Visiting our families abroad and hence flying is a regular part of our lives. We’ve had two abroad trips with our ten-month-old so far and are about to visit Slovakia again, so I think it’s a good idea to share some tips about organising and planning for the journey. If you want some hints about the actual flight and how to survive it without too much stress, then read this.

Now then, do you want to know how to pack when traveling with a baby? What do you need for the duration of the flight? Read this checklist for flying with a baby, plus I offer some of my tips here and there. This guide is about short haul flights only (2-3 hours), so please bear that in mind.

Why is the planning so important?

When you travel with a baby, the packing suddenly becomes a little bit more complicated than when you traveled solo before you had your little one. Some people travel light with just a hand luggage; I was never one of them. I could never fit all my stuff in one small luggage.

Since my baby arrived, packing became even more challenging. But you adjust like with everything else when you have a baby. After few flights with my baby, I learned a thing or two about organising the baby essentials, so that everything important is handy when you need it.

Start organising your baby gear early

Are you used to packing for your travel at the last minute? Well, I strongly suggest you change your routine once you start traveling with your baby. There is just so much more to think about, so much more stuff to pack and you really don’t want to forget anything important. The best thing you can do is to plan well ahead of your journey.

I start planning and organising things at least few days before the trip. Here’s how I do it.

I make sure all my baby’s clothes I want to take with us are washed and ironed early. So, on the last 3-4 days before the travel, she wears clothes I know I won’t be taking with us. That way you can avoid doing some last minute laundry and focus on other things.

Once all baby clothes are ready, I pack them in one of those vacuum storage bags. I started using them for flights when my baby arrived. They are great when space is limited. Most of the time I travel with Ryanair where you can buy either 15 or 20 kg of baggage allowance. While pre-baby I could manage with 15 kg just fine, now I definitely need that extra 5 kg to pack everything for myself and my baby. This is another solo trip without my partner, so if he was coming with us, I would probably get two 15 kg bags with us. Keep two baby outfits on the side, for the journey.

Next, I make a list (on my phone) of other things, that I’ll need to pack. That includes stuff for feeding, medication, bathing, entertainment, and documents.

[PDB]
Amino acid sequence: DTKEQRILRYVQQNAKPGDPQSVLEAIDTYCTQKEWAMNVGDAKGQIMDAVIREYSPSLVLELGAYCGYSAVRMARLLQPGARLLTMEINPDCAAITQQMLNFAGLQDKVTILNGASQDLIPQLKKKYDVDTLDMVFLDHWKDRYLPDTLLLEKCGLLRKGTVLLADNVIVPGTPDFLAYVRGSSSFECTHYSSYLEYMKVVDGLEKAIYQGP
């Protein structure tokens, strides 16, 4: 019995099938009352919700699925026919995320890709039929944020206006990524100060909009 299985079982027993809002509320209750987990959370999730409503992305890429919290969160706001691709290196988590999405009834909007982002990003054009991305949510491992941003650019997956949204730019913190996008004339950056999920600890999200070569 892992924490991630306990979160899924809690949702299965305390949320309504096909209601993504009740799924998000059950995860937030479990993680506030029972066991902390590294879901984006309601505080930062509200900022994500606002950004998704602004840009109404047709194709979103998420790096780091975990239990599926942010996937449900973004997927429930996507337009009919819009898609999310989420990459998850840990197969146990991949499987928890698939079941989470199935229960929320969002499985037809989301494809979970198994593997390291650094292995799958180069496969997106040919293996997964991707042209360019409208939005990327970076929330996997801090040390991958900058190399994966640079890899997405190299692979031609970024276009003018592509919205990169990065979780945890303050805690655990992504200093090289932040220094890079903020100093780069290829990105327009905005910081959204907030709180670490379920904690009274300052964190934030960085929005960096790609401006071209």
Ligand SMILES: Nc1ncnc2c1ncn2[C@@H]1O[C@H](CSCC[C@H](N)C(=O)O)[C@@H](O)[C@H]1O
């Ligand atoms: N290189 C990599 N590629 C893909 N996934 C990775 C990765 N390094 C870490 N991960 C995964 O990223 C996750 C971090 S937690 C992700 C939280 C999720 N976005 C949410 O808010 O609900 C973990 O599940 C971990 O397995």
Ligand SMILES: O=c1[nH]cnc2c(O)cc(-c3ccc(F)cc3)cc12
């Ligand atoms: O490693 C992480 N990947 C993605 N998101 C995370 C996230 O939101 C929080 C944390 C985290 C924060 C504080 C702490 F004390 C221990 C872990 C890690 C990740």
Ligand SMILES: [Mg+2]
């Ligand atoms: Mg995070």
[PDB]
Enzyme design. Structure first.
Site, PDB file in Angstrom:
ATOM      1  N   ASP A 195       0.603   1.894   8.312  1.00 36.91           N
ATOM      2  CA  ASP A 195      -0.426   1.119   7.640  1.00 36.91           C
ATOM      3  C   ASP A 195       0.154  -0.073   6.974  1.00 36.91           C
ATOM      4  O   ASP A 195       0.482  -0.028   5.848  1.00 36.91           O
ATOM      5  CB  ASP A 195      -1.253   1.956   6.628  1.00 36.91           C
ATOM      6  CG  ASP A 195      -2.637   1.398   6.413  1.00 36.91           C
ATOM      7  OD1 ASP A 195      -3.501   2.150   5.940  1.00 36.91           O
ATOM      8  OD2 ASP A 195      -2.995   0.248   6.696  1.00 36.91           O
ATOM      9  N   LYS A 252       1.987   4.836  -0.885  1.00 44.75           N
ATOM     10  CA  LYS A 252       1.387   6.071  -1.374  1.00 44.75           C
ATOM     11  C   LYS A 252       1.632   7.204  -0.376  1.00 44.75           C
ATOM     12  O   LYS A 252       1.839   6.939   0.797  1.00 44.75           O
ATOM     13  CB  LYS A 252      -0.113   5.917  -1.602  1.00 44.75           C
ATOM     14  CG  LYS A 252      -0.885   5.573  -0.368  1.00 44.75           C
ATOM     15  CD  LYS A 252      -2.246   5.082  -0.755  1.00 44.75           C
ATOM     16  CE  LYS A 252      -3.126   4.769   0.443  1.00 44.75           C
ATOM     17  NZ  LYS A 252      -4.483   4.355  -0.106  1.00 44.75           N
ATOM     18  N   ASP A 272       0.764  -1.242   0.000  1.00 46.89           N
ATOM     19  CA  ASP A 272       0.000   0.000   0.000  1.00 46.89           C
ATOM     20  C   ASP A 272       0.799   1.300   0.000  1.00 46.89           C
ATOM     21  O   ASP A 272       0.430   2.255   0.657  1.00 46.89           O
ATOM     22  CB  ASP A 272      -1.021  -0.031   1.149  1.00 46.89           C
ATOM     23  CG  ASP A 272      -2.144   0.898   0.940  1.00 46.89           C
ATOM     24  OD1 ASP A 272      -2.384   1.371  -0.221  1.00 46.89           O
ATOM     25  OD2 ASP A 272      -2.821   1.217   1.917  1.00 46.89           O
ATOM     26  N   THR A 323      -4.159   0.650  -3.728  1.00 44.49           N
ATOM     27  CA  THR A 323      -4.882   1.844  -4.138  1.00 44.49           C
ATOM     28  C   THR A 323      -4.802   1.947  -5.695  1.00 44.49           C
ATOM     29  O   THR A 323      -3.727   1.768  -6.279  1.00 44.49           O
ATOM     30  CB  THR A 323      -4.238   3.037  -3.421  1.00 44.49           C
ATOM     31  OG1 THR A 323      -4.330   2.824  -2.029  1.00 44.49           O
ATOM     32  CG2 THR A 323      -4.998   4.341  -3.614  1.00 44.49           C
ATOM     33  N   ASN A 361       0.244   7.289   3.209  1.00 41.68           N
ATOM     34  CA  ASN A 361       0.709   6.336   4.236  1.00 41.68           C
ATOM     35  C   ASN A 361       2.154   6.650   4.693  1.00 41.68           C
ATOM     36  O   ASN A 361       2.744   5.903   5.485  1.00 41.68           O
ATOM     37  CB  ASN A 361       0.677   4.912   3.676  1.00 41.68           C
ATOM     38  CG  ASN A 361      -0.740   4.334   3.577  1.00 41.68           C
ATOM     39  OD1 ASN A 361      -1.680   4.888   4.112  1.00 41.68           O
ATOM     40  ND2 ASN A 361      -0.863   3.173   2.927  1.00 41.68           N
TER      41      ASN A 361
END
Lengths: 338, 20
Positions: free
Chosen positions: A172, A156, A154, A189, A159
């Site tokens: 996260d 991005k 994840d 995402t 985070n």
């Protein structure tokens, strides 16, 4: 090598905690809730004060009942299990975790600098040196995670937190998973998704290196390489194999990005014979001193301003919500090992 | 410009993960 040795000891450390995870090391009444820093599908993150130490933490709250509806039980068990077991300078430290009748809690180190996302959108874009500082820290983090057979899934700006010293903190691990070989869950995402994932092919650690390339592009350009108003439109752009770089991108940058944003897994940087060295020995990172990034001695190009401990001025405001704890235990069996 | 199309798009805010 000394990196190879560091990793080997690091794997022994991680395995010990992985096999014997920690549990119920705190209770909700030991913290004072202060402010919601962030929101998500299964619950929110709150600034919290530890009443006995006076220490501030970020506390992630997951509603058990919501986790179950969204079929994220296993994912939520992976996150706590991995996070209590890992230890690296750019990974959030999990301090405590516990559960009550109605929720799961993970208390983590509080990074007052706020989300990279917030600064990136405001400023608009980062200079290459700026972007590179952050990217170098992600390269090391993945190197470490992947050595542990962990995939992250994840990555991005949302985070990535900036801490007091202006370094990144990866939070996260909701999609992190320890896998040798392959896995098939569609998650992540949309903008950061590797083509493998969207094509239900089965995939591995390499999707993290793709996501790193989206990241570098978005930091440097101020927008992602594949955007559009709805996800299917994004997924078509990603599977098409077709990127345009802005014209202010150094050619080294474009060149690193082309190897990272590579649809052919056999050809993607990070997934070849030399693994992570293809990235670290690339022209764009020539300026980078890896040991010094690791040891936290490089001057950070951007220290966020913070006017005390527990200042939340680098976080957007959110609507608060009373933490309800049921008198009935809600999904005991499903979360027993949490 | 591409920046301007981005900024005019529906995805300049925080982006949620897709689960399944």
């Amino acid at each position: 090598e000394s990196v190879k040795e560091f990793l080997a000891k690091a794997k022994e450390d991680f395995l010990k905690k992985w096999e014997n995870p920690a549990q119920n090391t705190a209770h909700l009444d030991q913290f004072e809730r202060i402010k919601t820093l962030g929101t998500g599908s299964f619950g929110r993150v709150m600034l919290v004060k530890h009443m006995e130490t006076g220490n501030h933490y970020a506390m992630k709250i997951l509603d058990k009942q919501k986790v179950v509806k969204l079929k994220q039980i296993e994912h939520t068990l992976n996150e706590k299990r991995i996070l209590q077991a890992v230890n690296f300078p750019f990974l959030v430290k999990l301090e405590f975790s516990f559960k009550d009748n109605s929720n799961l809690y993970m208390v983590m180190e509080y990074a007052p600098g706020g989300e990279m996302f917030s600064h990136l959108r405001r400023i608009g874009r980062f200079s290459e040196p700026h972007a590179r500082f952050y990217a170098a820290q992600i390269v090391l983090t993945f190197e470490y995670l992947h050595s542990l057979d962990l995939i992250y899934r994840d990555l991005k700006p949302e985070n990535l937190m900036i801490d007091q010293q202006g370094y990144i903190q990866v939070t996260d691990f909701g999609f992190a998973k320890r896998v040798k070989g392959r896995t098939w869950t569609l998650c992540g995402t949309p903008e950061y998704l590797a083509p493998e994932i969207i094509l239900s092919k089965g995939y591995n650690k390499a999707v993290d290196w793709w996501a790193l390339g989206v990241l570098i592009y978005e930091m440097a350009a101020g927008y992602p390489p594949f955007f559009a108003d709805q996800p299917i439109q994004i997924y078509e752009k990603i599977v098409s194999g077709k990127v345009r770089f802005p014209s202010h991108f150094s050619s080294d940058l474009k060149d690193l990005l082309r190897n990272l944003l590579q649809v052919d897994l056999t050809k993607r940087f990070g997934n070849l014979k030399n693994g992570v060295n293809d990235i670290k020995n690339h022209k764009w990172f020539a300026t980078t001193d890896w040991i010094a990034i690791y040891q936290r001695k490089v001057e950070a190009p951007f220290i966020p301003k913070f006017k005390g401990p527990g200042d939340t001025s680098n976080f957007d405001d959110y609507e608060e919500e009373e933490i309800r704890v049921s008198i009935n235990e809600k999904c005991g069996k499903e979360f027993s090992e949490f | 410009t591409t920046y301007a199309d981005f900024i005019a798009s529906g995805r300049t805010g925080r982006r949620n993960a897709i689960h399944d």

I like to dedicate a small space (any table or dresser will do) where I start to gather things which are not used regularly, such as baby medication and documents. And then I slowly add to this as the trip approaches. At the same time, I delete things off my list and see what else need packing. I don’t actually pack anything into the suitcase until the night before our travel, as I would still be checking everything few times. I can see all things clearly while they are on a table.

What to pack for the flight?

Flying With A Baby ChecklistThe good thing about traveling with a baby is that you can bring extra luggage with you onboard. So that’s a hand luggage and a changing bag. You need to make the most of it because, as we already know, space is limited when you travel with a baby.

What exactly will you need in your hand luggage for the journey?

  • Spare clothes – for baby and yourself, in the case of ehm any accidents. I take one extra outfit for my baby and some top and leggings for myself. That’s enough for short haul flights. Nothing too heavy or taking up too much space.
  • Milk/baby food  depending on your baby’s feeding stage. If you are breastfeeding, great, usually no hassle. Unless your baby refuses to breastfeed in noisy surroundings like mine. I don’t breastfeed anymore, but I used to feed her right before we boarded the plane and then straight after she’s woken up and was still a bit sleepy. So, tips like ‘feed during taking off and landing to ease the pain from the air pressure’ didn’t work for us. If your baby is on solid foods, pack the usual amount of food and snacks she would normally have plus a couple more.
  • Nappies, nappy cream and nappy bags- take some extra nappies. You shouldn’t compromise with this essential. How many times have you changed your baby’s nappy only to have to do it all over again five minutes later? Oh, the joys of motherhood.
  • Baby wipes – one pack will do.
  • Hand sanitiser – no need for explanation.
  • Small changing pad – you usually get one of those with your changing bag.
  • Blankets – I take two, but you could probably manage with just one. When babies are under two years old, they just stay on your lap during the flight. I keep one blanket underneath my baby when she sleeps as a cushion and something to lay on and the other one to cover her. I also keep them in my pushchair, so they don’t take up space in my hand luggage. I just carry them to the aircraft once the pushchair goes to the luggage compartment.